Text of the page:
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She is feared by almost every hobby gardener and botanist: the common spider mite. In this country, it is above all the approximately half a millimeter large, slightly orange or greenish spider mites that like to "kill" our houseplants.
But also reddish-brown or yellow pests always occur again.
The Tetranychus urticae sting the cells of individual plants with their mouthparts typical of all types of mites and suck them out gradually.
They are usually found on the underside of leaves of a plant. After a short time, the leaves are slightly speckled, and in case of advanced infestation, the typical, gray-brown discoloration is recognizable until they dry completely in the "final stage". Especially when it gets cooler outside and as a result more is heated, spider mites increasingly appear.
Their pronounced greediness and activity is what makes the domestic spider mite so dangerous in this country. Also typical are the fine, whitish spines, which are often seen on infested plant parts. Under the influence of moisture these webs immediately catch the eye.
Special "delicacies" for spider mites
Rosemary loves the spider mite as much as the sweet juice of ficus, primrose or rhododendron. But also on the bellflower, on numerous ivy plants or on the rosemary the Tetranychus urticae likes to settle down.
In addition, it does not miss out on various cactus plants, begonia, wolfberry plants and even orchid species. As varied as the taste preference of the common spider mite is, it is not so resistant.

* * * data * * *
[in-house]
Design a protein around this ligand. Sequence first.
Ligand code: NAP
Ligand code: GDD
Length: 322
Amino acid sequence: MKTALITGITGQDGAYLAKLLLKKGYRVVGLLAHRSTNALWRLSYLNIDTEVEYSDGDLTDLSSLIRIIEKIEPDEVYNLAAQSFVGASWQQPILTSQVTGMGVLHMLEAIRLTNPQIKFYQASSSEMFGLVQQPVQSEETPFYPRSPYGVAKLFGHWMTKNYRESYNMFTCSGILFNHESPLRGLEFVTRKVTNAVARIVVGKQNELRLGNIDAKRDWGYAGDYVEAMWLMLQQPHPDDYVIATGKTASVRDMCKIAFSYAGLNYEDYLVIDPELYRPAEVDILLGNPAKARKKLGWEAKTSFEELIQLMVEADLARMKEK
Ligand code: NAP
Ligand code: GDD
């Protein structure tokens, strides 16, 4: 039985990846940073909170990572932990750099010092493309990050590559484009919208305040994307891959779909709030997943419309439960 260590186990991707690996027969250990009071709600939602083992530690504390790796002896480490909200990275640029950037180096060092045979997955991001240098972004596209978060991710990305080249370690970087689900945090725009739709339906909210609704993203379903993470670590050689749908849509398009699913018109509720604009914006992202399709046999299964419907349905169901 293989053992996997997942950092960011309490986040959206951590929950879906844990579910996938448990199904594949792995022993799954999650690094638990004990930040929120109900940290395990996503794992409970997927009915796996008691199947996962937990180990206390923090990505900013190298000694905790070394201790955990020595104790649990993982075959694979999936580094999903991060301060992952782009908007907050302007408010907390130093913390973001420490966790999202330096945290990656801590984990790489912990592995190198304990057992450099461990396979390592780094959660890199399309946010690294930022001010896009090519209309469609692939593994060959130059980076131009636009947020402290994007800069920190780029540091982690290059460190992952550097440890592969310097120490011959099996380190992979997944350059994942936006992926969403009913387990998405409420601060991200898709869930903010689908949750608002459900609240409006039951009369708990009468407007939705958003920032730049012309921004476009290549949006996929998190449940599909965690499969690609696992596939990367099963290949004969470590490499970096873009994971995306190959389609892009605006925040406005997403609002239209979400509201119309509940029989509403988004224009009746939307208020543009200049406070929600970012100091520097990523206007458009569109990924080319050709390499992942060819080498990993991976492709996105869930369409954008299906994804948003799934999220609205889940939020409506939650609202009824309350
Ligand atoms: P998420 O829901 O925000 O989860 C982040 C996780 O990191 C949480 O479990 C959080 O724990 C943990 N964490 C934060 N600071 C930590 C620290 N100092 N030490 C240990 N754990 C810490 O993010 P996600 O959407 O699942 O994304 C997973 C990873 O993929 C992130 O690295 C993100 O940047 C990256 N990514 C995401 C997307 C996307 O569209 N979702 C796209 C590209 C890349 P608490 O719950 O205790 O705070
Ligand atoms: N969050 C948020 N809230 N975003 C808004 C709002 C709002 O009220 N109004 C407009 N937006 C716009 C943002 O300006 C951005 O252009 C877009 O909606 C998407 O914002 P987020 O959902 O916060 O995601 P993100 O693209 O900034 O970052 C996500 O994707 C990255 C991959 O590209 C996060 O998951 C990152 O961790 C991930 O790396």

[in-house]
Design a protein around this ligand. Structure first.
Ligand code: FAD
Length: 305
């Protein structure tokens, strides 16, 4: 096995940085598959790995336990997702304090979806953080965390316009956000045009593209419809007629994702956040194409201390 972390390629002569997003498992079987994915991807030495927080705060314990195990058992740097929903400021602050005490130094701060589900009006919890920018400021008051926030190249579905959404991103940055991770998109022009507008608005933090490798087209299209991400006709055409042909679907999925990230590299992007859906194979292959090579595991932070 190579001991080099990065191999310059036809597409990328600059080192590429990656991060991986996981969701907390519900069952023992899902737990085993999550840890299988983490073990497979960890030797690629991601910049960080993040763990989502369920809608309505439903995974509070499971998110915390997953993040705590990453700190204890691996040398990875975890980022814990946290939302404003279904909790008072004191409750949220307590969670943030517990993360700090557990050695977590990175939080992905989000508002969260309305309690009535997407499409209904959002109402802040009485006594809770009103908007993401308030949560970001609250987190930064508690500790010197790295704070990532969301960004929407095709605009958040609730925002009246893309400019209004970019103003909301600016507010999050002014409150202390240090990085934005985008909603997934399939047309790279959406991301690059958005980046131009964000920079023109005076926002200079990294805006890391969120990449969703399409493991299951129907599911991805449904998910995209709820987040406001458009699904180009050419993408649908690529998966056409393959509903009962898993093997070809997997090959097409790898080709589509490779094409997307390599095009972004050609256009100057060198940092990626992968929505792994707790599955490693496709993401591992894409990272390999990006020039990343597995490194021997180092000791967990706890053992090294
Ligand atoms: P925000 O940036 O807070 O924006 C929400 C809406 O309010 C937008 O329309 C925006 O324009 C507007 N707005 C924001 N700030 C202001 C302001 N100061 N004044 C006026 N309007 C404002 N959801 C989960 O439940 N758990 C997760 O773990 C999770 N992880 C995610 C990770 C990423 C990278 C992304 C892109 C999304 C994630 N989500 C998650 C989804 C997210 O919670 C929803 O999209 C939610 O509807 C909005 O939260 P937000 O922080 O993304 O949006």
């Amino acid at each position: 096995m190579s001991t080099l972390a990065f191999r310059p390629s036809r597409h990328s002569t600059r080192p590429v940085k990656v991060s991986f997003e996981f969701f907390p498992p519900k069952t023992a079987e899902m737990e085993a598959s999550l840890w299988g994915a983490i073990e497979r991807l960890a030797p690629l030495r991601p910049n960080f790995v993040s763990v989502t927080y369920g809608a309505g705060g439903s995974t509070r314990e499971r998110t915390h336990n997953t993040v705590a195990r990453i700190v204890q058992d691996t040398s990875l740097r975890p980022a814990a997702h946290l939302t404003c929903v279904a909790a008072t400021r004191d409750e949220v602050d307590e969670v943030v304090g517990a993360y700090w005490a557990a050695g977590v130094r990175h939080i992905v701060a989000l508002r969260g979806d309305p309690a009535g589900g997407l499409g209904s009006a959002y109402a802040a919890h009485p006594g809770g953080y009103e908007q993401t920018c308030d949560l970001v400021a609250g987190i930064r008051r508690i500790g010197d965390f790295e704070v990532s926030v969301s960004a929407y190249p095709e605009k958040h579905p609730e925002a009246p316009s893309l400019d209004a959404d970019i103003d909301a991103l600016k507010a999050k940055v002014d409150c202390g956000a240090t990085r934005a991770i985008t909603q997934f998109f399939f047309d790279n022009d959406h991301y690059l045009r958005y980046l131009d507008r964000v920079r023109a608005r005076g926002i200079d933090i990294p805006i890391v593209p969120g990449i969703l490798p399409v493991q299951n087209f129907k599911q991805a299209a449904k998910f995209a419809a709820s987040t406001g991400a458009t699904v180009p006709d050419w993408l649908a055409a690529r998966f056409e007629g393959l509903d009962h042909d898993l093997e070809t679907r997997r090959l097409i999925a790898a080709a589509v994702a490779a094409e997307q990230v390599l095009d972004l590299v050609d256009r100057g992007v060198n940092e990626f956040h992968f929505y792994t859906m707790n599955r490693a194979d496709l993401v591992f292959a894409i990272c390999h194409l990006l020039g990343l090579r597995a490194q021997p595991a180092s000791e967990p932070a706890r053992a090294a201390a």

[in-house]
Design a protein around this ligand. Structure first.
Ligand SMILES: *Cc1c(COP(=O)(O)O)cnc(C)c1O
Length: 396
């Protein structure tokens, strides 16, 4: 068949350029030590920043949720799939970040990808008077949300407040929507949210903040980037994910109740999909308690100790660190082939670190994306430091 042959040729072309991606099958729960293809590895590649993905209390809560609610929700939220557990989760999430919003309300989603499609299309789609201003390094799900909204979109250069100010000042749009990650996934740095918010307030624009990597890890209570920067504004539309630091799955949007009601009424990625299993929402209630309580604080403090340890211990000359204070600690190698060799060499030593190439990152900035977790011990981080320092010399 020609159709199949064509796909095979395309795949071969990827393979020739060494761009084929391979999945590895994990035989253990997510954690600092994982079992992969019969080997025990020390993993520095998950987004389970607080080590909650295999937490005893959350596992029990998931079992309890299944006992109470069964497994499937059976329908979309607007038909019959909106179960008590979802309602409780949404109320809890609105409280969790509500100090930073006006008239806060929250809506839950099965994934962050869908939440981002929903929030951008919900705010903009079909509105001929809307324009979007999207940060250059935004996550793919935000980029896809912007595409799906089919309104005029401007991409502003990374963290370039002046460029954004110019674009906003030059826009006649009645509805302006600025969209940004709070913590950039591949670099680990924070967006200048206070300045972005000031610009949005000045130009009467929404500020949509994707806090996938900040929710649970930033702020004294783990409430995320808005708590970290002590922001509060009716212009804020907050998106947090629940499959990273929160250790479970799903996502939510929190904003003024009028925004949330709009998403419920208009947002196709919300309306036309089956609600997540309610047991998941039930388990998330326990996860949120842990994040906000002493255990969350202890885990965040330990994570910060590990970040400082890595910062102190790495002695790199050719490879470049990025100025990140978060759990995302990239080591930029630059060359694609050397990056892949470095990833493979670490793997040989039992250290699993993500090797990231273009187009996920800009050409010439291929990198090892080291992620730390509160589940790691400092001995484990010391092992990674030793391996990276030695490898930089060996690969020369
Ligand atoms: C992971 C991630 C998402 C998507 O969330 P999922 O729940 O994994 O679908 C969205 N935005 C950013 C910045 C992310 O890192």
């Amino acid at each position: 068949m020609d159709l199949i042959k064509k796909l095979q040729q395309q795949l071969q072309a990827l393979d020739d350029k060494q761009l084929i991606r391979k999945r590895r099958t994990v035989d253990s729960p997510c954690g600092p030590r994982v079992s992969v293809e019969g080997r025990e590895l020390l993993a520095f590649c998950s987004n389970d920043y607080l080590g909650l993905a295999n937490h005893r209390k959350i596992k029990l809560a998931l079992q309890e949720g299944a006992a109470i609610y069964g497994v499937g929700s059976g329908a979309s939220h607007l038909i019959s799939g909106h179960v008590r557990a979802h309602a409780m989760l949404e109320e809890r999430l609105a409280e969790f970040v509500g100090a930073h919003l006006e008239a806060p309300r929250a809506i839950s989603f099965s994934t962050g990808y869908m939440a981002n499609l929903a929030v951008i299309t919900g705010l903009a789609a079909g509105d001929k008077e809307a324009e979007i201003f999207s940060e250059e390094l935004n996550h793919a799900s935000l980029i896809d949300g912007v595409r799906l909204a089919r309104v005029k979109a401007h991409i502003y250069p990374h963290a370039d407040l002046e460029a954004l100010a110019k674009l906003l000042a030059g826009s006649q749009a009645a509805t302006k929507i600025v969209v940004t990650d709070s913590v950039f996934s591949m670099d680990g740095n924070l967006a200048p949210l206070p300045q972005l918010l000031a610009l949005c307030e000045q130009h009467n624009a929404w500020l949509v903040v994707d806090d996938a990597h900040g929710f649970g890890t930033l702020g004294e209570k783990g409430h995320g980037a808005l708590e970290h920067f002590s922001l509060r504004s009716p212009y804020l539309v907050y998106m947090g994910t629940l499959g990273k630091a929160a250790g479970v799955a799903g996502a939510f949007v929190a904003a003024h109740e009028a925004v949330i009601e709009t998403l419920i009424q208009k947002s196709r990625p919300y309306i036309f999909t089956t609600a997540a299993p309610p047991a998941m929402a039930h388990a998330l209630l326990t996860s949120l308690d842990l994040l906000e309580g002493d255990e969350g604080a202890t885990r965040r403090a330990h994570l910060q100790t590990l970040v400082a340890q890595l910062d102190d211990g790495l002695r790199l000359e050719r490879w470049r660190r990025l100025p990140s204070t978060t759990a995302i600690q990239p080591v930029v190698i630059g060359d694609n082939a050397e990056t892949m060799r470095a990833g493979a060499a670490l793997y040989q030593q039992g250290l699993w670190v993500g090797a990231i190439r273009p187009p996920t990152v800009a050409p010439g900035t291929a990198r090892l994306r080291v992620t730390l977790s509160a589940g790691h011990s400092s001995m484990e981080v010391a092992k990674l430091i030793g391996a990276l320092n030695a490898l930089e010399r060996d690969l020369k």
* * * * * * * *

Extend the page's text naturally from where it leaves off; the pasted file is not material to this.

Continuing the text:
Much to the pleasure of the hobby gardener, because this in turn allows numerous ways to master the spider mite plague on the windowsill or on the home terrace. Nevertheless, patience and tact are required in this regard.
Same with equal "retaliate"?
In the past, one or the other method has been established to combat spider mites. Although some of these procedures guarantee quite promising results in the open air.
However, with regard to the control of spider mites on indoor plants, they are sometimes completely ineffective. In this context, for example, the use of so-called predatory mites is worth mentioning.
These are often offered in the trade for a lot of money, but ultimately use only the dealer himself.... Predatory mites eat the spider mites, but a complete fight against the plague - at least when used on houseplants - is thus not (always) possible.
This means that the surviving spider mites can continue to proliferate and allow their voracity to run wild. Very soon, the number of spider mites on the houseplant again becomes unmanageable.
Inventiveness is in demand
Although it is generally said that the spider mite is the most difficult species to control, it has some "offspring" against this pest. With small plastic bags, for example, it is very easy to fight spider mites.
Because the tiny pests appreciate the lowest possible humidity. So it is advisable to rinse the affected plants under the shower, in order to remove some of the spider mites.
Thereafter, the pest-infested plant parts are packed in plastic bags to create a humid climate as possible. After a few days, the bags are removed and the plant rinsed gently again. Subsequently, the after-treatment with a miticide is recommended.
Preparations from the specialized trade - or from the kitchen cabinet
Rapeseed oil or other (vegetable) oils do not like spider mites at all. Thus, it may sometimes be advisable to moisten the pests by rinsing the houseplant after a few drops of oil. Even special insecticide rods usually perform very well against spider mite infestation and also prevent re-infestation.